IBM/Red Hat: systemd, chatbots, remote work and why Java and Quarkus are important for your business

  • systemd-oomd Looks Like It Will Come Together For systemd 247

    Systemd-oomd is the out-of-memory daemon developed by Facebook and systemd developers. They are aiming for this to be better Linux handling of out-of-memory / low memory situations. Facebook originally wrote their OOMD code for their servers and since then has continued to be refined and adapted so it works out equally as well on desktops and more. Systemd-oomd polls systemd for OOMD-enabled cgroups to monitor them and kill based on memory pressure or swap usage. The systemd-oomd behavior is controlled via a new oomd.conf configuration file. Cgroups will need to employ EnableOomdKill if they want to be killed when under pressure.

  • 8th grader creates Watson-powered chatbot to help students plan for college during COVID-19

    When eighth-grader Harita Suresh found herself stuck at home due to the coronavirus, she decided to use her extra time to learn something new. After perusing edX.org, she settled on a course from IBM called AI chatbots without programming, which claimed that she would be able to build a fully functional chatbot with no prior knowledge about AI. Two weeks later, she’d used her newfound knowledge to create and launch a fully functioning chatbot — Rita — for her dad’s business, Analyze-Ed.

  • 3 best practices for working on a distributed team

    I have mixed feelings about instant messaging platforms. Pulling quick conversations out of email and into Slack often does improve resolution times for small issues, but a successful rollout requires some setting of expectations. Fundamentally, I do not believe it is reasonable to expect prompt responses to IM messages during the workday. Giving employees time for focused, uninterrupted work is vital. These tools provide functionalities to customize alerts, including muting all notifications (with a configurable option that lets others force alerts through as needed), muting individual channels, setting up various keyword notifications, and a wide range of other options not covered here. However, these controls are meaningless if there is an organizational expectation of prompt responses. Too frequently, I see folks asking a question like "Is anyone working on the database?" and, after less than five minutes, following up with "Okay, sounds like nobody is working on it, I am going to make my changes." Not only does this assume everyone has the same working hours, which immediately breaks down when you have remote team members in different time zones, it also ignores the reality of work both in and out of the office. Packages get delivered, coffee needs to be prepared, meetings are attended, and, sometimes, real work is being done! Take an empathetic look at your co-workers' needs and build expectations that allow for async work.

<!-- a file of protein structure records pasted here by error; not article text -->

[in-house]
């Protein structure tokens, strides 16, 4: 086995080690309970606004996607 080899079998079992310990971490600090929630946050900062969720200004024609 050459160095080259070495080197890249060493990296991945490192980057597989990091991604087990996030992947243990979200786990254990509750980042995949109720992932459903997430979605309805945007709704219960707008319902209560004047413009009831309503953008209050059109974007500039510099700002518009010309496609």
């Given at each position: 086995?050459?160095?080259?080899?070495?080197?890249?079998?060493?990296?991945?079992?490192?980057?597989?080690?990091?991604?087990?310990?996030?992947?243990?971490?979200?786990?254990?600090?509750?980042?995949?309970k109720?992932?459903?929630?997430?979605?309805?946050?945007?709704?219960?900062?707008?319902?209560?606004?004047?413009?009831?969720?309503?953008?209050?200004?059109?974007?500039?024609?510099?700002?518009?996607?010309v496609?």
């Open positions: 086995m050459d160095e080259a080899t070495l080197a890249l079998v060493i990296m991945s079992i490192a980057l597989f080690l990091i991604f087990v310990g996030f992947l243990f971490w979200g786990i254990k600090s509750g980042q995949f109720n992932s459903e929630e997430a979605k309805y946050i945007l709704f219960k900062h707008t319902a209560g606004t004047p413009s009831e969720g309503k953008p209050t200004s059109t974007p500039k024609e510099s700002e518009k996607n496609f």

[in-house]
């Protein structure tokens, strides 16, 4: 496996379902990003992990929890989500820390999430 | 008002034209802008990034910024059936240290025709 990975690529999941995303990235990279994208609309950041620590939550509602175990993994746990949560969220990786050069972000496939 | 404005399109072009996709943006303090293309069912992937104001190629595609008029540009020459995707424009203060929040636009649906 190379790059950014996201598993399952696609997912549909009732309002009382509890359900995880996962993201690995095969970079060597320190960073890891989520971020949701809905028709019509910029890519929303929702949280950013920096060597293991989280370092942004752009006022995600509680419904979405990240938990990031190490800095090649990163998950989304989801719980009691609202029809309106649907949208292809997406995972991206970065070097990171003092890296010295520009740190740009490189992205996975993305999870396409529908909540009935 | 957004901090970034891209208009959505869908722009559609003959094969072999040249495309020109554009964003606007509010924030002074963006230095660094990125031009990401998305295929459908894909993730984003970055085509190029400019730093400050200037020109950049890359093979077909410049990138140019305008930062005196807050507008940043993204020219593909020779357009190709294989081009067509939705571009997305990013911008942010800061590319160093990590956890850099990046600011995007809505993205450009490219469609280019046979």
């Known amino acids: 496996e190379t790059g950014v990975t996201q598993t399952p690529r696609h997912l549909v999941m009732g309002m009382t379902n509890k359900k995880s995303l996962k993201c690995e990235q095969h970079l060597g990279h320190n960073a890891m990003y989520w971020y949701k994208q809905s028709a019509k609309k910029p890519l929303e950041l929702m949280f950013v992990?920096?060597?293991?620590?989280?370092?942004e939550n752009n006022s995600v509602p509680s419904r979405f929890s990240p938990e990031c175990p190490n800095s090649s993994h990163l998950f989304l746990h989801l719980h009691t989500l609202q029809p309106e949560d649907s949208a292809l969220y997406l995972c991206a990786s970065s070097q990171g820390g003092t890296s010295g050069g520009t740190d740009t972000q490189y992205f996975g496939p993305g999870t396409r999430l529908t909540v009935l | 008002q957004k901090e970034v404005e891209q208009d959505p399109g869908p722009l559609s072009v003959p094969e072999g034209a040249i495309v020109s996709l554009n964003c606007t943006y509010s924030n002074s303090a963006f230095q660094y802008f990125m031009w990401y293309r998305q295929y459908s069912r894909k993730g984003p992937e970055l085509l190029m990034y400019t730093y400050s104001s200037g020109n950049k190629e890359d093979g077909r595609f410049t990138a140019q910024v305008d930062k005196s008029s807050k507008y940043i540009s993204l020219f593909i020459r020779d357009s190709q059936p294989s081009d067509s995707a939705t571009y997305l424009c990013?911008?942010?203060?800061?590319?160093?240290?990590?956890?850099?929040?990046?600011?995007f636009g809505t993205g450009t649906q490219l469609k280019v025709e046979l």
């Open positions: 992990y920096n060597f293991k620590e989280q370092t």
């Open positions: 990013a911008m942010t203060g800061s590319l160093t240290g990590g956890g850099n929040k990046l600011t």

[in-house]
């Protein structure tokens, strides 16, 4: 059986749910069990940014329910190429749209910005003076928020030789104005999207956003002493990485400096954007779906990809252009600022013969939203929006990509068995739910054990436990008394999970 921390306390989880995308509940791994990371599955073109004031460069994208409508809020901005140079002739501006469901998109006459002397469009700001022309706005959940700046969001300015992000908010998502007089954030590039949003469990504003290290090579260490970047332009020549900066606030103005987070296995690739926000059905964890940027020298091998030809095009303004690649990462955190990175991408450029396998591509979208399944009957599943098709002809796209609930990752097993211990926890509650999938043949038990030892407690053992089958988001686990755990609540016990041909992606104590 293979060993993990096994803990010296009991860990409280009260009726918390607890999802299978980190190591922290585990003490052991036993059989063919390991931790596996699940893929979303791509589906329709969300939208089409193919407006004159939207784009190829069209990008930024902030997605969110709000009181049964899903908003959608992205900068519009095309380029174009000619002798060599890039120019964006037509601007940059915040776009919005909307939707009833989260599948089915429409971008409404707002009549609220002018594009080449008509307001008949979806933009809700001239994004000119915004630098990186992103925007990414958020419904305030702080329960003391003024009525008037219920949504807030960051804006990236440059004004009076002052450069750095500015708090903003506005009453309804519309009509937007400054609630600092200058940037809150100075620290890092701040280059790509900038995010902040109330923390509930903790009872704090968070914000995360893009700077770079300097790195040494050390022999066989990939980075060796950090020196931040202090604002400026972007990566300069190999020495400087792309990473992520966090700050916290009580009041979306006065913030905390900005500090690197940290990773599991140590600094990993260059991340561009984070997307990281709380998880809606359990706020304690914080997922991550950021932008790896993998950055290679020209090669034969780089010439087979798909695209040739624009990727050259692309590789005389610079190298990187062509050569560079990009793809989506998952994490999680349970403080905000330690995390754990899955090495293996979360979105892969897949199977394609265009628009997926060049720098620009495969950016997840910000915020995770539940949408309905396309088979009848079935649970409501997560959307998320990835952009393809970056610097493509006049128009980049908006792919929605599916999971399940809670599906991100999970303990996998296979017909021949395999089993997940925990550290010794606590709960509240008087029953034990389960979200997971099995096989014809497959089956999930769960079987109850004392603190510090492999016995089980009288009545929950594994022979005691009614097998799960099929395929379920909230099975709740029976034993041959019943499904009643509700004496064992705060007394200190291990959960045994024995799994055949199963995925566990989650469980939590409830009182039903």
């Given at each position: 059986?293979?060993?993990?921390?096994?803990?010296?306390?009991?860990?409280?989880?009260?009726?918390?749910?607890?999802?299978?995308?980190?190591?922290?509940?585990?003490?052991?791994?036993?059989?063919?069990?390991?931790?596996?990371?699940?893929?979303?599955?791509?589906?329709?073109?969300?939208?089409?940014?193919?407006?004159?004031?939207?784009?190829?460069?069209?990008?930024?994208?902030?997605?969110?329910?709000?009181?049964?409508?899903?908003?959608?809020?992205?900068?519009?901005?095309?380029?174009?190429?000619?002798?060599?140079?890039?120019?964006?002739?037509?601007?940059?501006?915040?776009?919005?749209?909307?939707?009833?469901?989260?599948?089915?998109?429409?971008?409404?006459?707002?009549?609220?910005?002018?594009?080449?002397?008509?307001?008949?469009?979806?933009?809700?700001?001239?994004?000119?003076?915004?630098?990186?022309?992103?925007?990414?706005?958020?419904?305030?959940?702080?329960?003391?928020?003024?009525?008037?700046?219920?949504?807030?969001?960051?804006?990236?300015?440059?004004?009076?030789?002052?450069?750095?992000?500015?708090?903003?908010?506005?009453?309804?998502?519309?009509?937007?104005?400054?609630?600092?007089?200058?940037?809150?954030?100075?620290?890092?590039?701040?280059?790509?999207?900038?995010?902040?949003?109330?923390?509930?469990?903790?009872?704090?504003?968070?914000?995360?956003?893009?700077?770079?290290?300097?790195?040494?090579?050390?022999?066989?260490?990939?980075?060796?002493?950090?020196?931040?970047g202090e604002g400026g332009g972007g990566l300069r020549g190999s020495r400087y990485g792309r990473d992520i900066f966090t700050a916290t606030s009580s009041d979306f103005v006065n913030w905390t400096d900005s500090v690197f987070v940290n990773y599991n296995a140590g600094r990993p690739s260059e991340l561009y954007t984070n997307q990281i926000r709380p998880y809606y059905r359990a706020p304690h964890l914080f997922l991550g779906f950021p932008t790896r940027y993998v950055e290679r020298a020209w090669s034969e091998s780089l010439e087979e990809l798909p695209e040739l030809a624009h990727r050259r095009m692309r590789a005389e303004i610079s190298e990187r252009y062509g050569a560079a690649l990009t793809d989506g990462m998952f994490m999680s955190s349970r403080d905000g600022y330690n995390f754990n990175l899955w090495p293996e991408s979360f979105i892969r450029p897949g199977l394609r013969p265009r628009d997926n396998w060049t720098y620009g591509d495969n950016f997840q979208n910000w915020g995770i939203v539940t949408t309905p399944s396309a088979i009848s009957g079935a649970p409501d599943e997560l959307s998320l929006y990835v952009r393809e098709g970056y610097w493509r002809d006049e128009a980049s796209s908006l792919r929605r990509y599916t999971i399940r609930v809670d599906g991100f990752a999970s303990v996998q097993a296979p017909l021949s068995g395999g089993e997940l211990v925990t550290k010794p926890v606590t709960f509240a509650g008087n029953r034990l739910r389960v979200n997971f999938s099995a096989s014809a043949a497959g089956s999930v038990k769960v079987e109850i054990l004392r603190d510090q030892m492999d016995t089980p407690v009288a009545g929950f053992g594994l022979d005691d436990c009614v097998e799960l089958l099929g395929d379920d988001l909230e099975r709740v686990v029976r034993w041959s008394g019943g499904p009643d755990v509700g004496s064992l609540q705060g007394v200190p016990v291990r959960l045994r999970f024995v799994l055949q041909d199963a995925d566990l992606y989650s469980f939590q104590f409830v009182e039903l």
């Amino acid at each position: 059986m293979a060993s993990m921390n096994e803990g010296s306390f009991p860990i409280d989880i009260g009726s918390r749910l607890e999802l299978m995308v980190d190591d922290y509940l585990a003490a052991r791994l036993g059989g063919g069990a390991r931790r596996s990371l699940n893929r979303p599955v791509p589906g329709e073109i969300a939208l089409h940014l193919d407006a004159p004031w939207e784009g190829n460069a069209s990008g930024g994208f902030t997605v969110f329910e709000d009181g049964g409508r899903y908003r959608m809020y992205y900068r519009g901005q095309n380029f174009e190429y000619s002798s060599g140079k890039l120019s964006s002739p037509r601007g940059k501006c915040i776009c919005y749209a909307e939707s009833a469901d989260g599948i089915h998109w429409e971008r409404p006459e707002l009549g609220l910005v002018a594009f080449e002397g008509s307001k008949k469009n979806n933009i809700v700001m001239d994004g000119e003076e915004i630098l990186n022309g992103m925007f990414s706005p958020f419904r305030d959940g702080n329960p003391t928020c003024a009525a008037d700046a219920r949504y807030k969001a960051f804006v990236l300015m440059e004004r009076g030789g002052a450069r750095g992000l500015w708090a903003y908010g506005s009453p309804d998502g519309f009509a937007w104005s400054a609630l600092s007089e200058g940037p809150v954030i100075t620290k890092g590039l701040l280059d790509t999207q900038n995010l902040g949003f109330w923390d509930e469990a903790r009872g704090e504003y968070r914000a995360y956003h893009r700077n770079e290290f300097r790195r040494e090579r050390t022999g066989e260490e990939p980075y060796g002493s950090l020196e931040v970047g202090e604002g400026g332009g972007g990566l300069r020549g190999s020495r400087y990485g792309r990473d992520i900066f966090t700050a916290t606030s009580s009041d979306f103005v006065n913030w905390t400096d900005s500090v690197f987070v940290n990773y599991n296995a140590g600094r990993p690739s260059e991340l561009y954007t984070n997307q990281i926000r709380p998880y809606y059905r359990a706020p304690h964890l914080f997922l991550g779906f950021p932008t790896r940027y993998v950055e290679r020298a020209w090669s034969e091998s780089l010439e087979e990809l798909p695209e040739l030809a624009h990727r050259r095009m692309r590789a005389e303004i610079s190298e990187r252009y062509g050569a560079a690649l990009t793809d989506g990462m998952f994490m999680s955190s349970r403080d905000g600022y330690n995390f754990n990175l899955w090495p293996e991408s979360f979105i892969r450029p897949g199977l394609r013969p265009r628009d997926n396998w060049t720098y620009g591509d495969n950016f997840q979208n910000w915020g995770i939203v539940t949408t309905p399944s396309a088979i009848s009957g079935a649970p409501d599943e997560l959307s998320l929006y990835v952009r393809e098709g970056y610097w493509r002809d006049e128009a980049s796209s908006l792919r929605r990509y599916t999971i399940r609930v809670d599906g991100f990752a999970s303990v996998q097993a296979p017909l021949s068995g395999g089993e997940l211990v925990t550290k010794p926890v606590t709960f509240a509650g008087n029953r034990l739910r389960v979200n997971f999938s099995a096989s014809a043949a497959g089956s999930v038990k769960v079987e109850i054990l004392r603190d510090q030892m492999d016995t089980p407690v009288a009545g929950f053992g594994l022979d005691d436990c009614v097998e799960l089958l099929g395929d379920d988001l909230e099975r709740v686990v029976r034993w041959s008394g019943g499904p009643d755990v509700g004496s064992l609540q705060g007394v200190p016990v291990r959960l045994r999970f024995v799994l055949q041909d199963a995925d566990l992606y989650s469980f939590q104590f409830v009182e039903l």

• Why Java and Quarkus are important for your business

    Java has been the workhorse of enterprise software application development for the past 25 years. During this time, we have also seen some drastic changes to application infrastructure technologies - ones that are not always compatible with the Java framework. We have seen it all: from monolithic application servers, to API-driven programmable infrastructure, to just-in-time intelligent serverless infrastructures. We have gone from extensive setup and dynamic configuration for peak workloads, to expressing the ideal operational model as code for our applications. Now with serverless computing, developers can focus on providing the application code and letting an intelligent application infrastructure run and scale up and down for use, without even thinking about infrastructure concerns. Increasingly, modern application infrastructure tends to be immutable, meaning that servers are not able to be modified after they have been deployed. Immutable infrastructure can help simplify operations and lead to simpler, more predictable, and consistent deployment processes. When changes are required, the old configuration can be replaced with a new configuration to keep the environments consistent and easily reproducible across development, test and production. However, the traditional Java framework was designed for changeable application infrastructure that is no longer required in modern cloud environments.